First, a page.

We also take this opportunity to simplify the naming. We think that if only one .NET is the best, we don't need clarification terms like “Core”. The shorter name is a simplification that also conveys information about .NET 5 with uniform functionality and behavior. Of course, you can continue to use the name “.NET Core” if you wish.

Runtime experience

Mono is the original cross-platform implementation of .NET. It was originally an open source alternative to the .NET Framework and was turned into a mobile device with the popularity of iPhone/iOS and Android devices. Mono is the runtime used as part of Xamarin.

CoreCLR is a runtime that is used as part of the .NET Core. It is primarily used to support cloud applications, including Microsoft's largest service, and is now also used for Windows desktops, IoT and machine learning applications.

All in all, the .NET Core and Mono runtimes have many similarities (after all, they are all .NE T runtimes), but they also have valuable unique features. It makes sense to make it possible to choose the runtime experience you need. We are making CoreCLR and Mono interchangeable. We will make it as simple as building a switch to choose between different runtime options.

The following sections describe the main focus of our plans for .NET 5. They provide a clear perspective on how we plan to work separately and together.

High throughput and high productivity

From the beginning, .NET relied on the Just-In-Time Compiler (JIT) to translate intermediate language (IL) code into optimized machine code. Since then, we've built an industry-leading JIT-based managed runtime that delivers very high throughput and improves the developer experience, making programming fast and easy.

JIT is ideal for long-running cloud and client scenarios. They are able to generate code for specific machine configurations, including specific CPU instructions. JIT can also be run at runtimeRegeneration methodThis makes JIT faster technology, while still choosing to generate highly optimized code versions (if this becomes a frequently used method).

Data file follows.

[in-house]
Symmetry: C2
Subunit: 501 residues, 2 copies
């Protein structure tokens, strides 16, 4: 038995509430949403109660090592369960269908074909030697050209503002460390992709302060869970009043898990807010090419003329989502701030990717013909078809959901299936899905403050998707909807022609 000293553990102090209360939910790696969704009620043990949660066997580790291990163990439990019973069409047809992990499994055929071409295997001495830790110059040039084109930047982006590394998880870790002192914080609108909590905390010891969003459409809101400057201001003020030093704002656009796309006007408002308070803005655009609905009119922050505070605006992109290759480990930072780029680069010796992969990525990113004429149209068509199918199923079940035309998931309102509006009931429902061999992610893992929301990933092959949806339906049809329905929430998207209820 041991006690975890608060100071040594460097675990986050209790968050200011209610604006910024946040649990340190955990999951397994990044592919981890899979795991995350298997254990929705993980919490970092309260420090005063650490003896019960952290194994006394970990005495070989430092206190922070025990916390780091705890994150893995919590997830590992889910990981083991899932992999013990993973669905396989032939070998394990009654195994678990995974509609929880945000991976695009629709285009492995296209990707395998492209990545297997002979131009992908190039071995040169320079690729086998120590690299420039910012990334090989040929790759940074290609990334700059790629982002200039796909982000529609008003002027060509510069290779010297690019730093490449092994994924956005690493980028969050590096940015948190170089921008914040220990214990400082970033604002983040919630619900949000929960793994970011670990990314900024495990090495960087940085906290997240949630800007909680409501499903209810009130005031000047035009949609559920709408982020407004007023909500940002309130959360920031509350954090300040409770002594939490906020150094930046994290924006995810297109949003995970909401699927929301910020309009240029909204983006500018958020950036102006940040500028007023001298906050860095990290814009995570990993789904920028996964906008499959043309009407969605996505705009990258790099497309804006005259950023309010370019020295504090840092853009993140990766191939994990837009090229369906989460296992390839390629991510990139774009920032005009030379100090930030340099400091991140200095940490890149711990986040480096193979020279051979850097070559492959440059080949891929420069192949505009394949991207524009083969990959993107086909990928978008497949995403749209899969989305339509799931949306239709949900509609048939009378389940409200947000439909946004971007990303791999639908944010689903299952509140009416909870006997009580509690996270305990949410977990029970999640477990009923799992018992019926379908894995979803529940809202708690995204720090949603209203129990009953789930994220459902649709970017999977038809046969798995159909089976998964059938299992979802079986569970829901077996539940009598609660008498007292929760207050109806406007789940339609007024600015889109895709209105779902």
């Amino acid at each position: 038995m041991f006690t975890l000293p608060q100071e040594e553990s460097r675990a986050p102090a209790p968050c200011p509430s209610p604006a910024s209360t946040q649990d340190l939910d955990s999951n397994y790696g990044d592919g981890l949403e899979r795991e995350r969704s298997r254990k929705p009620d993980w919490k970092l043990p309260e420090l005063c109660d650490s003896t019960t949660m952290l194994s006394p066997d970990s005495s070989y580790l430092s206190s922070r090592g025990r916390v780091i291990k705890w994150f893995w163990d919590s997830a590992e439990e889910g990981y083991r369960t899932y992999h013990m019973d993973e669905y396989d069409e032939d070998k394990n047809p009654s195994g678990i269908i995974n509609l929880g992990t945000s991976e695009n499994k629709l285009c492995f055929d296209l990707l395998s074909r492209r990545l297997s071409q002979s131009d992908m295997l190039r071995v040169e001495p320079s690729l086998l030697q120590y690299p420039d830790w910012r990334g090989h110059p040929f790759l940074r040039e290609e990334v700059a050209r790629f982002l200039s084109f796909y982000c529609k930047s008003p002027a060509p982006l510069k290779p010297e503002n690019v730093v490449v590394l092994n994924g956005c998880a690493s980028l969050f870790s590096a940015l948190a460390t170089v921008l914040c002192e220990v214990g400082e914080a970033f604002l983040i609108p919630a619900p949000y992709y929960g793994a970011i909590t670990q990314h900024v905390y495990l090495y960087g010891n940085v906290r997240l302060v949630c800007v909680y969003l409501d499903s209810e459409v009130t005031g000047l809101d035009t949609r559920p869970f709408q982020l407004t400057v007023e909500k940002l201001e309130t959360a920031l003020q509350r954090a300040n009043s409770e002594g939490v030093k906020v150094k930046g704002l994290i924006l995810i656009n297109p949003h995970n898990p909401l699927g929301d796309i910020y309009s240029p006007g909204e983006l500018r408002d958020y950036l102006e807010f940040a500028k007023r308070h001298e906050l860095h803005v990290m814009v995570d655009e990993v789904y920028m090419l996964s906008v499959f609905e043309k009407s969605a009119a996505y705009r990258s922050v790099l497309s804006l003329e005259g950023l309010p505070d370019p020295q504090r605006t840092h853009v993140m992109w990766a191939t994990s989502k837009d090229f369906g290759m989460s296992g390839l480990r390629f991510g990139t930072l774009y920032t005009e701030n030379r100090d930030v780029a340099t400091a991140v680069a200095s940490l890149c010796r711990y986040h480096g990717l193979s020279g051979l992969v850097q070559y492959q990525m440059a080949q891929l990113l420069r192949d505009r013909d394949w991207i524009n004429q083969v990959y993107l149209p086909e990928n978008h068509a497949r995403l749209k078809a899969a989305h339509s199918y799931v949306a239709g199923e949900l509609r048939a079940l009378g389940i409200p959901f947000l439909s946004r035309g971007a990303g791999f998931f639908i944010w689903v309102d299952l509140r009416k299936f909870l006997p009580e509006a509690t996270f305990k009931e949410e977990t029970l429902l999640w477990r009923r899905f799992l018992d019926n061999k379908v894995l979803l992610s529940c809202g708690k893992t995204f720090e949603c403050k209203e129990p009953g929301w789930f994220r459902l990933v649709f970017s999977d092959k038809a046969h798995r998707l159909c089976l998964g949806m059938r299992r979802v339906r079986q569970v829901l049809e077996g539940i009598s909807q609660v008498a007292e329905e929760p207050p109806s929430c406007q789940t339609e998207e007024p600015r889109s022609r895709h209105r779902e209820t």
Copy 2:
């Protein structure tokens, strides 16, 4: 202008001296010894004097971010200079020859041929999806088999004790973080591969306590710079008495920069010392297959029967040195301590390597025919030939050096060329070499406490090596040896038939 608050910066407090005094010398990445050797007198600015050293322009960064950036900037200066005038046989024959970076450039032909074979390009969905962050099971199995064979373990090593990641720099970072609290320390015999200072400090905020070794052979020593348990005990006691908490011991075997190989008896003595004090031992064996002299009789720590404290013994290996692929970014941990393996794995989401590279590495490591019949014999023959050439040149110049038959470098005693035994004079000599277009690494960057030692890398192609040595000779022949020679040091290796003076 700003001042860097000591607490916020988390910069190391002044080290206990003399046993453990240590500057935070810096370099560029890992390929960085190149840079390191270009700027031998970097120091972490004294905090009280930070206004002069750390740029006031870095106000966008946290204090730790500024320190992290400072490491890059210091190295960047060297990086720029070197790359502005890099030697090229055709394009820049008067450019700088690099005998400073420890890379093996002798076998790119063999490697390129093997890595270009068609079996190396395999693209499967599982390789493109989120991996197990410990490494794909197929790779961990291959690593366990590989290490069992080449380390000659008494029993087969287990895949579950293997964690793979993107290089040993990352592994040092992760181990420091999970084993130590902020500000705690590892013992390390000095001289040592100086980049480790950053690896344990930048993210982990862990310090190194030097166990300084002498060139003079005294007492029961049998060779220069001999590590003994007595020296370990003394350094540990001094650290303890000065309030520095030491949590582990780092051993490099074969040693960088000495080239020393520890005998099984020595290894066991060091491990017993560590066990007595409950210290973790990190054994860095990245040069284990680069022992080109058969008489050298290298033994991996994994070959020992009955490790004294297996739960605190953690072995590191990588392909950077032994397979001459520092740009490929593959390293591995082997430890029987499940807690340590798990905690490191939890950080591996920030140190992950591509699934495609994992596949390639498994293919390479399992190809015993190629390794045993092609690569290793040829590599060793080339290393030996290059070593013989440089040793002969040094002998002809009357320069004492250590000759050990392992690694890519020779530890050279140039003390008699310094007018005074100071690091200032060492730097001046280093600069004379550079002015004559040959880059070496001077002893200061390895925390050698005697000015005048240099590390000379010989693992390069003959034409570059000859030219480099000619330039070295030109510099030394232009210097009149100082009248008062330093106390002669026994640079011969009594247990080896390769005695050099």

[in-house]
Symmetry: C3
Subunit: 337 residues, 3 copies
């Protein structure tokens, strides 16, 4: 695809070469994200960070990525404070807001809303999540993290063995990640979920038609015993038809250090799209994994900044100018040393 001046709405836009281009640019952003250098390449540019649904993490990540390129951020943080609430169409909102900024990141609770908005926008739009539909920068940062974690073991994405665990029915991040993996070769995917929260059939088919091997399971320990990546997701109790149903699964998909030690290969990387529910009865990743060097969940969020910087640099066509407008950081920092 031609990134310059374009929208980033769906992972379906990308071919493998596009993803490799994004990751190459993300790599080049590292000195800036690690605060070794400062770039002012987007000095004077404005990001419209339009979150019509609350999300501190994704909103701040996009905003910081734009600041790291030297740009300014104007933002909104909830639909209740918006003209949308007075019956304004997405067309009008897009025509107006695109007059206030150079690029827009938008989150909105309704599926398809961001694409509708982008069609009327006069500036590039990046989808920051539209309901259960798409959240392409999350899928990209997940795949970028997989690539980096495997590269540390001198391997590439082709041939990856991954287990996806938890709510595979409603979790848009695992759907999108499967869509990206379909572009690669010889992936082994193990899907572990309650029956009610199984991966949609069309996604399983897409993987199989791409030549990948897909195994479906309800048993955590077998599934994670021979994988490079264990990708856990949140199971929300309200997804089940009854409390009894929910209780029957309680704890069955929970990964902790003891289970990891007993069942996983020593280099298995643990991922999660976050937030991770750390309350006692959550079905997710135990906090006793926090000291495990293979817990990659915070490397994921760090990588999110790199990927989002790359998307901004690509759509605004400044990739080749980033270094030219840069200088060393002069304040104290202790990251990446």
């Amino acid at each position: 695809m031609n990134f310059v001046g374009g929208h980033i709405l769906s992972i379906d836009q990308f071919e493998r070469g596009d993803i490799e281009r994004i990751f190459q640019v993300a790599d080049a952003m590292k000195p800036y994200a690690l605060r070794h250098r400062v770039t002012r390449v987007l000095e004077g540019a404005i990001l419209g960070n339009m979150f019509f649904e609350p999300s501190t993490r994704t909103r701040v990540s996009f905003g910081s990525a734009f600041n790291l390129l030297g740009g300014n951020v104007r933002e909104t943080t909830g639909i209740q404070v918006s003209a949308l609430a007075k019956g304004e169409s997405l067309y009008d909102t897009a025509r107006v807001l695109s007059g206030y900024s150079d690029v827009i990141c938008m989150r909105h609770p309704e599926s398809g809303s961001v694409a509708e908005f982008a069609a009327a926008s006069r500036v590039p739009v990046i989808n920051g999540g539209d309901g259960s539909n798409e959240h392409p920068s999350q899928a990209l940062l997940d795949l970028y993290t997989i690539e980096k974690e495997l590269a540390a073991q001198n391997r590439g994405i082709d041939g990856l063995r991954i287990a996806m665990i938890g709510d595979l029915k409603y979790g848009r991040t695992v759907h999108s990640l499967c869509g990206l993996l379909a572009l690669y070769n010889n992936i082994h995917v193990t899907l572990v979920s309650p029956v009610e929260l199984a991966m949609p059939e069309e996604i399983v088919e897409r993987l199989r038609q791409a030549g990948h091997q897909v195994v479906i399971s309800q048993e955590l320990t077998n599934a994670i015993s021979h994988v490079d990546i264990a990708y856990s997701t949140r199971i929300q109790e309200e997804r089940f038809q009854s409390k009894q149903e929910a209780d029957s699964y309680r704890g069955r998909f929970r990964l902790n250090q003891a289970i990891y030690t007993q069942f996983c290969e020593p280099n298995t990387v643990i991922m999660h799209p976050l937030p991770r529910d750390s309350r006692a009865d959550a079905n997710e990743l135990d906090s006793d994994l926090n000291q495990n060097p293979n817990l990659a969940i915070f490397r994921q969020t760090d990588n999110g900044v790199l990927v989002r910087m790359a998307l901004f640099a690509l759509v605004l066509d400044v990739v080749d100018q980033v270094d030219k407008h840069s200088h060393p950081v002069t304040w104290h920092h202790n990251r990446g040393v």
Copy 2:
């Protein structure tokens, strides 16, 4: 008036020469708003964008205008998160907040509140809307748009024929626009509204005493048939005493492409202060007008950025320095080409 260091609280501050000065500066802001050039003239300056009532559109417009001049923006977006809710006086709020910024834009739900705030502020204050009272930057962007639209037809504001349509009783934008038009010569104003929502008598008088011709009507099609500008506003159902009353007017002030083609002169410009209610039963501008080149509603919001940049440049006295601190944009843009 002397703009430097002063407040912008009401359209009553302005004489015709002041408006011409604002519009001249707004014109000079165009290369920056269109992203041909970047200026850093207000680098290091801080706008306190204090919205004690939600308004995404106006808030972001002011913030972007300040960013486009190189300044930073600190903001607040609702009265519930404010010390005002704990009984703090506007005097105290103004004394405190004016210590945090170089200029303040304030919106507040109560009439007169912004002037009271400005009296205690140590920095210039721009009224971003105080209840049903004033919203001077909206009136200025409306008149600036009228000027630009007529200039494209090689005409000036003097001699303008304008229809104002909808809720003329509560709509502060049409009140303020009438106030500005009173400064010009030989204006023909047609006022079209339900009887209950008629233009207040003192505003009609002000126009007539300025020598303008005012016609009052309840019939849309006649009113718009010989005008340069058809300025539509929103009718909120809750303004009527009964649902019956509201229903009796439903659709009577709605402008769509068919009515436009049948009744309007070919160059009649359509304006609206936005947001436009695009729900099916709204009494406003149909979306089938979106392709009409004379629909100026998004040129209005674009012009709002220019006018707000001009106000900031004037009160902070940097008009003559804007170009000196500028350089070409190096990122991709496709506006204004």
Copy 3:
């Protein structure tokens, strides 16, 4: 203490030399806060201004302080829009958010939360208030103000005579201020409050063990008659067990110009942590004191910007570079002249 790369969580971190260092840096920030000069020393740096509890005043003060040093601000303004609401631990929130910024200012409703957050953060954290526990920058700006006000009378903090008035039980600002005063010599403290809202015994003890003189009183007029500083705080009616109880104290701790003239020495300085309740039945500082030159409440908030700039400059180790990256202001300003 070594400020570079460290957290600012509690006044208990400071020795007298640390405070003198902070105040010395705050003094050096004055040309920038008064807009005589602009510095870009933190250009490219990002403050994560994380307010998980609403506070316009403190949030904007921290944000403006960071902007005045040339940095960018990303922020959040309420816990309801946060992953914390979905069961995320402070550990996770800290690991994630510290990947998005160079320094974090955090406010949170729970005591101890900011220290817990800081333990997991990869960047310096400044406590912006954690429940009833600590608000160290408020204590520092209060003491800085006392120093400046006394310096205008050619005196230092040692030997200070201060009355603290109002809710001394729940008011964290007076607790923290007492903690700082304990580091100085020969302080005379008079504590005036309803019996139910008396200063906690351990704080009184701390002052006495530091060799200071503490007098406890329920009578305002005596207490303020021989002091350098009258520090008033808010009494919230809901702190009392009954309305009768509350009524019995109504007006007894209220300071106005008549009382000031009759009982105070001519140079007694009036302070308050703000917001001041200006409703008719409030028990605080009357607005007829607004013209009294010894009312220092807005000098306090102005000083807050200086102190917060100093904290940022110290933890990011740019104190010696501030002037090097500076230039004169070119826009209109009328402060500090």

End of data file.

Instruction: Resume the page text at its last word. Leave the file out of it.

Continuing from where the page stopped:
We are working hard to make ASP.NET CoreTechpower benchmarkRunning faster, this is a great example of the power of JIT and our investment in CoreCLR. We areContainer hardening .NET CoreEfforts have also demonstrated the ability of the runtime to dynamically adapt to a restricted environment.

Developer tools are another great example of JIT, such asDotnet watchTool orEdit and continue. Tools often need to compile and load code multiple times in a single process without rebooting and need to do this very quickly.

Developers using .NET Core or the .NET Framework rely primarily on JIT. Therefore, this experience should be familiar.

The default experience for most .NET 5 work scenarios will use the JIT-based CoreCLR runtime. Two notable exceptions are iOS and client Blazor (web assembly) because they all require an early-of-time (AOT) native compilation.

Quick start, small footprint, low memory usage

Much of the energy of the Mono project is focused on mobile and gaming consoles. A key feature and result of the project is the .NET AOT compiler based on the industry-leading LLVM compiler project. The Mono AOT compiler allows .NET code to be built into a native code executable that can be run on a computer, just like C++ code. AOT-compiled applications can run efficiently in smaller locations and exchange throughput for startup when needed.